The 43 members of the episcopate articulated their warning at the close of their plenary assembly last week, where they discussed the spiritual, social, economic and sociopolitical situation of the nation.
"We perceive that there are efforts and initiatives that tend to the solution of problems of the population, and that the democratic will of the people has been confirmed with deeds, concretely with the days of collection of signatures last November for recall referendums," the bishops state.
"Nevertheless, we alert about the danger of changing the constitutional democratic model for an exclusive and excluding revolutionary plan, promoting by the force of power a process of socioeconomic, juridical-political, cultural and even religious change, dispensing with the consensus of the population," they add.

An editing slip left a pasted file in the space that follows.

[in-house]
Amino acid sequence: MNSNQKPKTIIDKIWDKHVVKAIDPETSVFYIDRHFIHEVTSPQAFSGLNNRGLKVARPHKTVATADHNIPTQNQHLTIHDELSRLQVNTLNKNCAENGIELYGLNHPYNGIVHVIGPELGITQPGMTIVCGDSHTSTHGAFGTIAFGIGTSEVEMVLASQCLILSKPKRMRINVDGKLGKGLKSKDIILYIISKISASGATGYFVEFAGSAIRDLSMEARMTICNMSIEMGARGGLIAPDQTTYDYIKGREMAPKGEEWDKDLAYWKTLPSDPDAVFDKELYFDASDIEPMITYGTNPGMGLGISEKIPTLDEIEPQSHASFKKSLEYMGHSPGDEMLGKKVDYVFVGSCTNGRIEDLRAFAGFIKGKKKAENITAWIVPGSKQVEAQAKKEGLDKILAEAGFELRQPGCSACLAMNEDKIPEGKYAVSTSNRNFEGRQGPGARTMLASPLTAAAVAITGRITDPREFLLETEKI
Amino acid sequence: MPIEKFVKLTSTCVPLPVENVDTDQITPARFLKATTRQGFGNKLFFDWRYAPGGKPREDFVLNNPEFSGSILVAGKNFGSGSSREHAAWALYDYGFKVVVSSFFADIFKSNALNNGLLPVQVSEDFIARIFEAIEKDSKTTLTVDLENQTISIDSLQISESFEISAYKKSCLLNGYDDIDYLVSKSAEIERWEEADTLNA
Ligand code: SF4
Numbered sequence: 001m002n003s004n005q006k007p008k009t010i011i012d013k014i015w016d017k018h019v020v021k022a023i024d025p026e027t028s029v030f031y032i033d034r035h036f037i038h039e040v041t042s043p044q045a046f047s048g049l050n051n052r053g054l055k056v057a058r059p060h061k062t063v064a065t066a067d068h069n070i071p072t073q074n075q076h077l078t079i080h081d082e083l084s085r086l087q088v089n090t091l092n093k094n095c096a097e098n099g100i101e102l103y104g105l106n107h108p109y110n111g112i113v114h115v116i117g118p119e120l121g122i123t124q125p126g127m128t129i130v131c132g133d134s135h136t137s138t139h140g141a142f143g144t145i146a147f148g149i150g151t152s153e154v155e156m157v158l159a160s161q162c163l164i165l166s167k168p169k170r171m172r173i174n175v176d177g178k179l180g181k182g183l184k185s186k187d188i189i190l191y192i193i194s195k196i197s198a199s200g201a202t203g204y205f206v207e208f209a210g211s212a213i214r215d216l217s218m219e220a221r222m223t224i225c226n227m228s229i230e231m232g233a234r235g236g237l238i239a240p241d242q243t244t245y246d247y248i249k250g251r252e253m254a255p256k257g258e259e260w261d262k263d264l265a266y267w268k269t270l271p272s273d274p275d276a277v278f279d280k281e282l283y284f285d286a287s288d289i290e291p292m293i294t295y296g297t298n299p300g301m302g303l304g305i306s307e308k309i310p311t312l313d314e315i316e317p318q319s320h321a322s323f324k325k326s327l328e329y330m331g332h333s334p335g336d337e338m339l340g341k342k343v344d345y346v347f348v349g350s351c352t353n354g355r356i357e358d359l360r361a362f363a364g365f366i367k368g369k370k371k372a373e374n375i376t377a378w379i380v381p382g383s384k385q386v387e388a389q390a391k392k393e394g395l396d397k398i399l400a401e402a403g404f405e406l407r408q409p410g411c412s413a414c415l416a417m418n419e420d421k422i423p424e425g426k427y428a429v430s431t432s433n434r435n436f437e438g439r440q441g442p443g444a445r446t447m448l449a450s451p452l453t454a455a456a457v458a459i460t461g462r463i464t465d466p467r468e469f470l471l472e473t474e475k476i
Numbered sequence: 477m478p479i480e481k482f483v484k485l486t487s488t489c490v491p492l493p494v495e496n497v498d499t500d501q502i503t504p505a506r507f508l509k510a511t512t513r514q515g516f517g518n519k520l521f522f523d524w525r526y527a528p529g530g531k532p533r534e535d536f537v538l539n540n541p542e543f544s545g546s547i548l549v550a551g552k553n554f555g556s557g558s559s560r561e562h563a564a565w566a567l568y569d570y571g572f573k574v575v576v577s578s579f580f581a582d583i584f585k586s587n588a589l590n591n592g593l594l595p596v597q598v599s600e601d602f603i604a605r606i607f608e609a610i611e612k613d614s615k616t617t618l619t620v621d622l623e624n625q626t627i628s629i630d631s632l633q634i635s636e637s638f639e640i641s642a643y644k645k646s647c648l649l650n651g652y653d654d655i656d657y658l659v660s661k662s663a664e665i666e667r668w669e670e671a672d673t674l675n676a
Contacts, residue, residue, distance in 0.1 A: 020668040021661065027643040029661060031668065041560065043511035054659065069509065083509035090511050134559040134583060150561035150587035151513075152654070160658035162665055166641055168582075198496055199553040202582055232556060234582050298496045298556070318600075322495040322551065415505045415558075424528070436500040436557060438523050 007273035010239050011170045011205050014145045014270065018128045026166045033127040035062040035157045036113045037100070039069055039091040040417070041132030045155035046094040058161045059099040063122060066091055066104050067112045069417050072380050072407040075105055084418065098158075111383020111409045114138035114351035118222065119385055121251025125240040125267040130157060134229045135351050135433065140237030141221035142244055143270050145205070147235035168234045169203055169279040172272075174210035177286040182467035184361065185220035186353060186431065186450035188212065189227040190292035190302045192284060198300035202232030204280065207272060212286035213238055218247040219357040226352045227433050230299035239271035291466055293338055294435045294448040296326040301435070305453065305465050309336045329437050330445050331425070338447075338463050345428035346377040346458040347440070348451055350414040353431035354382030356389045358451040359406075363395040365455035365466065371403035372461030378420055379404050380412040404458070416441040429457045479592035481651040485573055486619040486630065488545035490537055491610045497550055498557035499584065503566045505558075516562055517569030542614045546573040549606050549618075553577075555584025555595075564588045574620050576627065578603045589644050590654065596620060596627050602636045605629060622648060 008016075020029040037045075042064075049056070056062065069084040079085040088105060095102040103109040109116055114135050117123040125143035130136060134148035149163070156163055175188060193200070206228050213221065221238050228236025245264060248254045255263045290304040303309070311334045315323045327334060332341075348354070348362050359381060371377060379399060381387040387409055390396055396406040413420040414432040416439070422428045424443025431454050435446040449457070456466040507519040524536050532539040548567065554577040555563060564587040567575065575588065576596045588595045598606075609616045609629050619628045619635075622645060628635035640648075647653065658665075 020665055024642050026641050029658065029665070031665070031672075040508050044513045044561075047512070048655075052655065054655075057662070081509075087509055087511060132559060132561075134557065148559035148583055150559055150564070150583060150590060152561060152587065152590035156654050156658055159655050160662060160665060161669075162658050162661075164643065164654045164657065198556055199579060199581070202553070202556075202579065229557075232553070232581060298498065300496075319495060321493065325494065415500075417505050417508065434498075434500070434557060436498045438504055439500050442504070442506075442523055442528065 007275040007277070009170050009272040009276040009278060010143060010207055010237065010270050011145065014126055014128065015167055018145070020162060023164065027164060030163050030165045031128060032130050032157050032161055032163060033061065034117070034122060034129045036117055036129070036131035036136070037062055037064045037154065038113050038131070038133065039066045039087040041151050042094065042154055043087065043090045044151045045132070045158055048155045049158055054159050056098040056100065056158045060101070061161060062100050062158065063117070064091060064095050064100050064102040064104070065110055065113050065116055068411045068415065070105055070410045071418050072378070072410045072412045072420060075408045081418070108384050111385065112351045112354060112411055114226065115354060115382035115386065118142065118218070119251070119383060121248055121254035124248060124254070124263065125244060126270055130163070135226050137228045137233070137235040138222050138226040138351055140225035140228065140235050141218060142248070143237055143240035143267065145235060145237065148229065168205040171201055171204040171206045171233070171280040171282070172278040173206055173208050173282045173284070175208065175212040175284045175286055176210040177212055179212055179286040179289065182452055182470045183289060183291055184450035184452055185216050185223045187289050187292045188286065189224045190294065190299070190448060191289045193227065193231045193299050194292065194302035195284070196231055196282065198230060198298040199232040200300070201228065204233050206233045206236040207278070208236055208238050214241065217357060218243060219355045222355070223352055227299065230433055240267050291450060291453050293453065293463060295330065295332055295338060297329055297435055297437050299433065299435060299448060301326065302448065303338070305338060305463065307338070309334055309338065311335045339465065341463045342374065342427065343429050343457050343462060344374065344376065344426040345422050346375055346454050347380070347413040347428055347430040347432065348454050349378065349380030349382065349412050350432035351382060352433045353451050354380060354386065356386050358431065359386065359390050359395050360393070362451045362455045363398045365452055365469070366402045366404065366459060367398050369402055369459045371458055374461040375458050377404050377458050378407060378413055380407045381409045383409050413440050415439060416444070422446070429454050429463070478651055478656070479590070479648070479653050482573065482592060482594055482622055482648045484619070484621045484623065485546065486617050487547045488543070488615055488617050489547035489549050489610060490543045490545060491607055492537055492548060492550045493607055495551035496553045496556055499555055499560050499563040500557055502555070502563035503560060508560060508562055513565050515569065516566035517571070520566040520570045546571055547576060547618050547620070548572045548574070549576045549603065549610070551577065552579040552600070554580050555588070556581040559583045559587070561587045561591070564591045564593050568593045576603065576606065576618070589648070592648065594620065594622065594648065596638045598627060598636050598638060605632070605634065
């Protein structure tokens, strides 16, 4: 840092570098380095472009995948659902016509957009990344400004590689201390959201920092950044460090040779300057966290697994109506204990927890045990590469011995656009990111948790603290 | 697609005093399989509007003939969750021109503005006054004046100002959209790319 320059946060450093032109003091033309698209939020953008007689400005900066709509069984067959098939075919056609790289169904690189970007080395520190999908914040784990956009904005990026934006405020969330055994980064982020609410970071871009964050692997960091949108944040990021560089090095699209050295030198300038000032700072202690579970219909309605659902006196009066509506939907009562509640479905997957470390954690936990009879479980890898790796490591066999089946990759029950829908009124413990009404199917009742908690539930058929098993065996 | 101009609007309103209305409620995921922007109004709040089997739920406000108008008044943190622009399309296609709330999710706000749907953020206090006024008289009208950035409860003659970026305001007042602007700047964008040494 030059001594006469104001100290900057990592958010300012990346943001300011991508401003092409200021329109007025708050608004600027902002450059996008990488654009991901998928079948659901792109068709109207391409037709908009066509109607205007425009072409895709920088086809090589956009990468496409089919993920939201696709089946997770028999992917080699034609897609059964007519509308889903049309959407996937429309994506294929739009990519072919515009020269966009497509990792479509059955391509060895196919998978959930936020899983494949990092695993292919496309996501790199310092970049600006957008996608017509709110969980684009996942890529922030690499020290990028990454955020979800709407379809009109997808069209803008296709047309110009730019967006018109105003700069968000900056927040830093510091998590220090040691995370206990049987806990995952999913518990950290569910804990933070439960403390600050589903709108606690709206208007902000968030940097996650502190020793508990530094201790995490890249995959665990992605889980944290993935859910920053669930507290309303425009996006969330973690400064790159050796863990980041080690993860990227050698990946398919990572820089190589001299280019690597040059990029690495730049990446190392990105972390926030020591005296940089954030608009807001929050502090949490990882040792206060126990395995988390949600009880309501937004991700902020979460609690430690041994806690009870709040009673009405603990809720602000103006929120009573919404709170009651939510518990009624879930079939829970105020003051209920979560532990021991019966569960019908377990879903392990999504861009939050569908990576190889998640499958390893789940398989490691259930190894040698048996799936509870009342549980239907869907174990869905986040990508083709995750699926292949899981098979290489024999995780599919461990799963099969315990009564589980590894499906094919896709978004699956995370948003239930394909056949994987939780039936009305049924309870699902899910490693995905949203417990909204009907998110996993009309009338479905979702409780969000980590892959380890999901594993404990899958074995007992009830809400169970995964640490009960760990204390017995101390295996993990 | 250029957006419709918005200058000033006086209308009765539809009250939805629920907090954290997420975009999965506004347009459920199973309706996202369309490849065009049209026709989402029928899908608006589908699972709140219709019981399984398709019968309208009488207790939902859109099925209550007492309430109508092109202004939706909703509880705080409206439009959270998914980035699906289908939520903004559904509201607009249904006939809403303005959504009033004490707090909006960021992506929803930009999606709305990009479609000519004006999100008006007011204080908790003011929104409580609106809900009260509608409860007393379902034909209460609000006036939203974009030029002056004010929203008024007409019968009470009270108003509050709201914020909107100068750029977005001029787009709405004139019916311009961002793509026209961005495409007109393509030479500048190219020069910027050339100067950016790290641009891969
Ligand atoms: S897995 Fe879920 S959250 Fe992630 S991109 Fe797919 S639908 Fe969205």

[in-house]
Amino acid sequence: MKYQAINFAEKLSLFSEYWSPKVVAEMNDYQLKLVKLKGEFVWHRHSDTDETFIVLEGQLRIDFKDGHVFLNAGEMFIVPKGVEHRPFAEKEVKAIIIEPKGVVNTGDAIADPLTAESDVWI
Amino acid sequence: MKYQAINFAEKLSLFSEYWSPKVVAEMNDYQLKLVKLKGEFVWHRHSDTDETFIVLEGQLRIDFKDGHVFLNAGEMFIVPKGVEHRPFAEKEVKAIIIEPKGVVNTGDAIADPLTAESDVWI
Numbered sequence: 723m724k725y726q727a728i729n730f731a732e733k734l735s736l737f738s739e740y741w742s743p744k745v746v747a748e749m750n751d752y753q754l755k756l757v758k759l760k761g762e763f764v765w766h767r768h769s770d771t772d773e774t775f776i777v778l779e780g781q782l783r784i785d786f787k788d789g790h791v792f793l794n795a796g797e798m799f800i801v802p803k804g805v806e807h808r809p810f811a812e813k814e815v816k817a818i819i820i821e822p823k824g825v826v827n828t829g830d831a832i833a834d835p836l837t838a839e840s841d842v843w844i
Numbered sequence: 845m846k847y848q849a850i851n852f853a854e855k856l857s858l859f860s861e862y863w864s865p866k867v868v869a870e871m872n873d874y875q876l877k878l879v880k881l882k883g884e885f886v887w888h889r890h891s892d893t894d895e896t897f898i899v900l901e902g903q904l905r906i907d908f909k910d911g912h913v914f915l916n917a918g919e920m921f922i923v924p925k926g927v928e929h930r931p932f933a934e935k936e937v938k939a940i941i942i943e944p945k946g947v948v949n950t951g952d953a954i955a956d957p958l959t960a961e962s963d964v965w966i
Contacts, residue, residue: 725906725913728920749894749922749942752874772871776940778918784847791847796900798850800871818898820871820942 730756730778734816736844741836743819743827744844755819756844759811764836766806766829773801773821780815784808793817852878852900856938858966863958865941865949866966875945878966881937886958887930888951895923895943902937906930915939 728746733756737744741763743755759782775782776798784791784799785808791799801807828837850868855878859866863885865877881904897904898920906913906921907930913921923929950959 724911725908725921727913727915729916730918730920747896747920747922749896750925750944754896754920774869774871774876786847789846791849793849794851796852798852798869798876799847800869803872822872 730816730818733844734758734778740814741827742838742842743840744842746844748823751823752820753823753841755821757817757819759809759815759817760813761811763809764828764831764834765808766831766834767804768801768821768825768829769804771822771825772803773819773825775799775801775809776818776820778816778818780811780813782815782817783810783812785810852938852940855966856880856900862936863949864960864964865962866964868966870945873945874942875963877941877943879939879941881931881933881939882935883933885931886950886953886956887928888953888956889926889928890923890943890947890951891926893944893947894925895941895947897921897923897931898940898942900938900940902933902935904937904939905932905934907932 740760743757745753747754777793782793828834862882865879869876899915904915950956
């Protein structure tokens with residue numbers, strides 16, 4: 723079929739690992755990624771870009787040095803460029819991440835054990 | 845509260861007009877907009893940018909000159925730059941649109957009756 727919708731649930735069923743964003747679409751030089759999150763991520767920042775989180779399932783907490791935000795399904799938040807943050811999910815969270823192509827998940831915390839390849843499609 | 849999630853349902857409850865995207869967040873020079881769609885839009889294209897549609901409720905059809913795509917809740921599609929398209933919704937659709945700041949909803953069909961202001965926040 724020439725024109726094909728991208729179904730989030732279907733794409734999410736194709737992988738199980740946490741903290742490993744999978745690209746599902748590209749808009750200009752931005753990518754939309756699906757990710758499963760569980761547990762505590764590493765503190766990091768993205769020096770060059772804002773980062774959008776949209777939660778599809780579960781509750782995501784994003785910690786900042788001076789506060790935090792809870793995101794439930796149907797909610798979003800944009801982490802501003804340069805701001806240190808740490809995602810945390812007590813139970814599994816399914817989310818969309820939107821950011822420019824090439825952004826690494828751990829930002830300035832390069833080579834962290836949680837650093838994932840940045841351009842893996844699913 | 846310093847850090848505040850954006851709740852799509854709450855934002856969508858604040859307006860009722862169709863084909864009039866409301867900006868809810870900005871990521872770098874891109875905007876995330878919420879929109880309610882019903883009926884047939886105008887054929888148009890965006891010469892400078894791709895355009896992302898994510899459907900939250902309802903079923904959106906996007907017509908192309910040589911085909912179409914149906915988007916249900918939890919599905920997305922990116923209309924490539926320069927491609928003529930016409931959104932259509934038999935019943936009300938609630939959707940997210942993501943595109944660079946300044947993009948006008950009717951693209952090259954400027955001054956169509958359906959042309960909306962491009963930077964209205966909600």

"As a consequence, there is further division among Venezuelans, which has caused an unprecedented polarization," the bishops said. "Intolerance has degenerated into hatred, fanaticism and violence."
"The direction President Hugo Chávez is giving the country calls into question participatory democracy and the independence of public powers," the bishops stressed.
"It tends, rather, to foster centralism, state control and 'messianism,'" they said. "The harmful practice of excessive public spending continues, which has fueled corruption, patronage and populist practices, all of which are facilitated by the weakening and impotence of controlling bodies."